You were my English language and literature teacher in the then SSC and HSC classes, and it is not an exaggeration when I say that your teaching inspired me so much, to do the subject well at the final examination at University.

I remember the preparations for your wedding and the beautiful bride you were, carrying your bouquet of araliya flowers. I remember the birth of your children, particularly of your daughter in 1960, because I had qualified for university at that time and you wanted me to take your classes at school, during your maternity leave.

I remember the house you moved into at Rukmale in Pannipitiya because some of us girls helped put your house in order since it was soon after the birth of your first son. Every time I came home on vacation, I never failed to come to school and see my beloved teachers who made my university education a reality. Even after you left Anula I kept in touch and I knew of the many ups and downs in your life. When I once visited you at Nawala, you were in such high spirits that I was really happy for you.

Many times I saw you at the Mallika Home, still beautiful, still gracious, despite advancing years. Whenever I worshipped and hugged you before leaving, you always gave me the gentle religious blessing, which I valued so much.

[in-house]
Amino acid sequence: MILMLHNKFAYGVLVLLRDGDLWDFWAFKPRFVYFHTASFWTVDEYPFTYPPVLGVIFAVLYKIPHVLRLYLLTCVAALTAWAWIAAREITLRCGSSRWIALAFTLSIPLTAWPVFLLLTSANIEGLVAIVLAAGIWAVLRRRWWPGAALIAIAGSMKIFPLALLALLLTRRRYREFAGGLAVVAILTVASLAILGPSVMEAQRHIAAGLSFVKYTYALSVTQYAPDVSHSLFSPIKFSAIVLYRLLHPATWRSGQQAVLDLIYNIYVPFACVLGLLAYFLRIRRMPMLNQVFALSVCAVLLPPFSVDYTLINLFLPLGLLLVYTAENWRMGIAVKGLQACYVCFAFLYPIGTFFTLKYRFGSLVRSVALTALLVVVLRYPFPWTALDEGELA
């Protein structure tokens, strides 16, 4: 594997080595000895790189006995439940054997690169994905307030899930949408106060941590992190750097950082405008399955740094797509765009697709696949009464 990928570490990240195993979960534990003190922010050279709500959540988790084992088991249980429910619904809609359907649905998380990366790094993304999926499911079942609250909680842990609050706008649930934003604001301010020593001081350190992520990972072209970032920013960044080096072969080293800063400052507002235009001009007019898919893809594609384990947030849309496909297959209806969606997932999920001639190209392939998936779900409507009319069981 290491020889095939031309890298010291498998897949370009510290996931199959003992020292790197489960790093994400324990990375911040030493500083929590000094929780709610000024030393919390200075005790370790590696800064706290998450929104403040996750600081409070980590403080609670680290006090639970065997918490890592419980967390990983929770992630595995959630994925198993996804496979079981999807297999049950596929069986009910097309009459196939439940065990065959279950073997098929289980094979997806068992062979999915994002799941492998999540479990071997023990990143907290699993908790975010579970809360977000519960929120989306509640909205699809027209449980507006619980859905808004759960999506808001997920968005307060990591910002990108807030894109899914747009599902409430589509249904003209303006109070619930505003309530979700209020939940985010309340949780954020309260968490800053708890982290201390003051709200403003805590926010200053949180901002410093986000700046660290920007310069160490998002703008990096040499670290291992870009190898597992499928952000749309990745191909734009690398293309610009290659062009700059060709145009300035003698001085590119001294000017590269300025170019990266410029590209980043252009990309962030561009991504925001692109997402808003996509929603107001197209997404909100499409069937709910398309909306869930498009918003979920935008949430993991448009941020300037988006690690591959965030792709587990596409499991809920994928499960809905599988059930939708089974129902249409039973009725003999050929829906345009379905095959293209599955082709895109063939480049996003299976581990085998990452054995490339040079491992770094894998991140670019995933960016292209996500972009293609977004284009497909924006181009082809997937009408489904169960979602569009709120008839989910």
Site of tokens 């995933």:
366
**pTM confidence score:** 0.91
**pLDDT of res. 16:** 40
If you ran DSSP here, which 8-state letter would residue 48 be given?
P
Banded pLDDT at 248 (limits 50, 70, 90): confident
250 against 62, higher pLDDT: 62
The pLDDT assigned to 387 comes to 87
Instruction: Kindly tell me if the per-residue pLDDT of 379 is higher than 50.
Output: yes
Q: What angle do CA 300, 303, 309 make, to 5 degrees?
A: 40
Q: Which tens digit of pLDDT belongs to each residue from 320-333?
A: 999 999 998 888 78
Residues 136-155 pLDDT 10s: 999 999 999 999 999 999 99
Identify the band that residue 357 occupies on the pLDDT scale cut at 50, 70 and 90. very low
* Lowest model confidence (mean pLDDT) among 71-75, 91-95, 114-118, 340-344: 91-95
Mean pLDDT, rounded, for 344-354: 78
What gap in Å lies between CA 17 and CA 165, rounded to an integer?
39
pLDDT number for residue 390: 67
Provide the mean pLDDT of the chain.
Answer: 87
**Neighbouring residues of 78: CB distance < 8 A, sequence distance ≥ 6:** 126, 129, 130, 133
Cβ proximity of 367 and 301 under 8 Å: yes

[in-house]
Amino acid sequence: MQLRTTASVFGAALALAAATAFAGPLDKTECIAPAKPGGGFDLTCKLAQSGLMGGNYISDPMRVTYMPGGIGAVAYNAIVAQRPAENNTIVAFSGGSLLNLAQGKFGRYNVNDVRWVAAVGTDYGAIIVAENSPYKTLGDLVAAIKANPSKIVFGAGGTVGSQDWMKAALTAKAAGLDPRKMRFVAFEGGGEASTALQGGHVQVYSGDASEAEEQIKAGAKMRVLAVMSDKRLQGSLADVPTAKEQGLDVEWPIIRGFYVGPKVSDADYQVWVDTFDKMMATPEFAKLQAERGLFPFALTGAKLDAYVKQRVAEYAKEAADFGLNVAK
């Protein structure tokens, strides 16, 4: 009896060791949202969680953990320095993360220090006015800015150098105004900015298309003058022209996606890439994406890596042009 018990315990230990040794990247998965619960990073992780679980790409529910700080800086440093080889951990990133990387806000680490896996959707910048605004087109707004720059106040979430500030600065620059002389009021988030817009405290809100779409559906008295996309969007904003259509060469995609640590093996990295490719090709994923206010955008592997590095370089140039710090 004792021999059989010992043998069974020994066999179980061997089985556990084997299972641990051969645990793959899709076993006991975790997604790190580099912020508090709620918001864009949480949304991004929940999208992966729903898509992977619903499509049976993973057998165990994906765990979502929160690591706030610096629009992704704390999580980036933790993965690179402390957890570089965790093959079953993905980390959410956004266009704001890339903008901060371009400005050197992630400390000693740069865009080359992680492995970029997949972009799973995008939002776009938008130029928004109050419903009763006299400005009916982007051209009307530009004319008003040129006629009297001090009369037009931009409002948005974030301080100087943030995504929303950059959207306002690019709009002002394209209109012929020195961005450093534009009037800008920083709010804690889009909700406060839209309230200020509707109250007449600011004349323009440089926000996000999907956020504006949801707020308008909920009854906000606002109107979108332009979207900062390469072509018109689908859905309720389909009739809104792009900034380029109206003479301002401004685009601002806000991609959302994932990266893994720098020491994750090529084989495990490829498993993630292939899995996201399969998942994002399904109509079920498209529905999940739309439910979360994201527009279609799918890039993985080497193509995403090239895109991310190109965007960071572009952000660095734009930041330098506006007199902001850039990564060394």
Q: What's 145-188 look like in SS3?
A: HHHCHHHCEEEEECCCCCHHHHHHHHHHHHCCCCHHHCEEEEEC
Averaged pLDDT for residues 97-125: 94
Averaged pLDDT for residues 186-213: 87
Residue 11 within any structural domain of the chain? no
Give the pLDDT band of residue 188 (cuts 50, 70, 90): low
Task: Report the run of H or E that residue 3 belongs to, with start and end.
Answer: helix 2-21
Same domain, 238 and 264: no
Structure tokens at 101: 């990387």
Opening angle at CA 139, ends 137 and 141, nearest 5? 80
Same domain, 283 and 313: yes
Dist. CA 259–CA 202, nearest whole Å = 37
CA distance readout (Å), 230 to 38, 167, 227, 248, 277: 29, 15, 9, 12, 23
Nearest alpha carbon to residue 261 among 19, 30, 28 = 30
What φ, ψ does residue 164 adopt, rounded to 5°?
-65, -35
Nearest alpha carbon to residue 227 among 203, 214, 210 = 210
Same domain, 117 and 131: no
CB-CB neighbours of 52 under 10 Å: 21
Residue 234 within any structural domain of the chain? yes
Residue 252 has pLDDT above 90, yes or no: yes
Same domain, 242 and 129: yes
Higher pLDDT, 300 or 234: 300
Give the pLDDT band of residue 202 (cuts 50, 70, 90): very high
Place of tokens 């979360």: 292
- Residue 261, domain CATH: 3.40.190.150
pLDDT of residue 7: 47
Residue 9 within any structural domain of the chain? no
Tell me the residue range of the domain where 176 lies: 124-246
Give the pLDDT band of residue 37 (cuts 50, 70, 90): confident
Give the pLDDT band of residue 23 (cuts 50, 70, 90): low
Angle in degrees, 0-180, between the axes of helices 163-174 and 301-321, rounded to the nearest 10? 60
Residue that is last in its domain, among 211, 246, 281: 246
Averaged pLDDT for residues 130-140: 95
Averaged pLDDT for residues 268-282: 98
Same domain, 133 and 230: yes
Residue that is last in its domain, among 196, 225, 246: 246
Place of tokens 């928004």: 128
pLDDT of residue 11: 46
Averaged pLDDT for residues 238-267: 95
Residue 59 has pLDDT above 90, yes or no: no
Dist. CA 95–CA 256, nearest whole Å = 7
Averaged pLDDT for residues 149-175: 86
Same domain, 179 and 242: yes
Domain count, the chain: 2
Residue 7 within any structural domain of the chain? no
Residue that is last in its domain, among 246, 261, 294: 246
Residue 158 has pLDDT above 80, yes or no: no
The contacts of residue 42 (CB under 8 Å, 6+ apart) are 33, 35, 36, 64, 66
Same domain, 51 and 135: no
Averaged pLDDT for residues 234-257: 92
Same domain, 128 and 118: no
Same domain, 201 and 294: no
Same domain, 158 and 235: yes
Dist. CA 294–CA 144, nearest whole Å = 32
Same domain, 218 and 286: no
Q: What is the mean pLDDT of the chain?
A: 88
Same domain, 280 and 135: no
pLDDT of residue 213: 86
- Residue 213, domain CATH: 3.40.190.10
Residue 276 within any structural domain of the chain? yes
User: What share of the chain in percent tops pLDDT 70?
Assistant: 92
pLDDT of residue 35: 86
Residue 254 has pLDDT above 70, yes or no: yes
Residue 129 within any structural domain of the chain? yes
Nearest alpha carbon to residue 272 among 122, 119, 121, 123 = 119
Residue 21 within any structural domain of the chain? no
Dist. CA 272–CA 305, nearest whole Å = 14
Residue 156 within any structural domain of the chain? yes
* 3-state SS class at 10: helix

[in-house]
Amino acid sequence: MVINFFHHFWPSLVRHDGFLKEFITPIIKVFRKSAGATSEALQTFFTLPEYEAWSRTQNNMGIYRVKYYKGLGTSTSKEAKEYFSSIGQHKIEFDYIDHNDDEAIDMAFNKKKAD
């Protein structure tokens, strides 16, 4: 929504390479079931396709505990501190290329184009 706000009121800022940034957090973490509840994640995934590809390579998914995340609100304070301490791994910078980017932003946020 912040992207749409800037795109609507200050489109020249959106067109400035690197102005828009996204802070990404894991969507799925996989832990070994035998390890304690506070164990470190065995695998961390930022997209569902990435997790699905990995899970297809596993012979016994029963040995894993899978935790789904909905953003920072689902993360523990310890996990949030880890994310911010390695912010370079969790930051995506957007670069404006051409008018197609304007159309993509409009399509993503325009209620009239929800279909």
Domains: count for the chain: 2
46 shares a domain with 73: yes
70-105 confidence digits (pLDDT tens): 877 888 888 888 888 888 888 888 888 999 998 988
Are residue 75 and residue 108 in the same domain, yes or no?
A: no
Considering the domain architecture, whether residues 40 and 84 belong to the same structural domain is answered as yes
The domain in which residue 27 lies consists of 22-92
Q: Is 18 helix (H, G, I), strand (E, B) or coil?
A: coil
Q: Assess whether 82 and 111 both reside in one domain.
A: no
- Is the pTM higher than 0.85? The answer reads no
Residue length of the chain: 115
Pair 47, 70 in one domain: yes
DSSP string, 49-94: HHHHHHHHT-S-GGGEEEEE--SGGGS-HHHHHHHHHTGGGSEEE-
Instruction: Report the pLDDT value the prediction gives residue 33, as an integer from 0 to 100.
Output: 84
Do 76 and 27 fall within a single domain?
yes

Dear Miss, we know that our great Buddha came to this world to show us the impermanence and inevitability of life. You too have succumbed to that reality. Along with all your worldly versatile accomplishments, you knew the Dhamma well, which I am sure stood you in good stead, especially during the latter part of your life.

On behalf of the student body of Anula Vidyalaya of the mid 50s and 60s, all of whom will be with me in this prayer, we hope and pray that your journey in Sanara will be short and ever pleasant.
Goodbye Miss!

Sujatha Dharmasiri
(de Zoysa)


Accept my deepest sympathy

My dear friend,

The vital air of your cousin has robbed for ever
By the brutal unpleasant thunder of ‘Tiger’
Oh! I couldn’t be a lightning conductor
Now I’ll share your sorrow, as a part owner

I felt the beat of your heart
But your friends didn’t
I heard the lamentation of your soul
But they didn’t
I saw the drops of tears corner of your eyes
But they didn’t
Nothing to do,
When ‘Humanity dies’ among them
I hung a mourning banner
Inside my mind
It gave a respectful tribute
To your beloved
You’re faced with a distasteful tragedy
I lived in mind – in this tragedy
But didn’t show my tears to anybody
How did you bear – this disaster calamity

Life is a thing that we borrow
It’s full of sad, grief and sorrow
If their visual angles are narrow
Let’s pray for a fearless tomorrow

We’ll do meritorious deeds in every way
They he’ll reach – to “Suwargam” without delay!
My sorrow is boundless and measureless
Your intimate friend

G. Sriyanganie (Nursing Officer)
N.H.S.L. (OPD)
Colombo 10.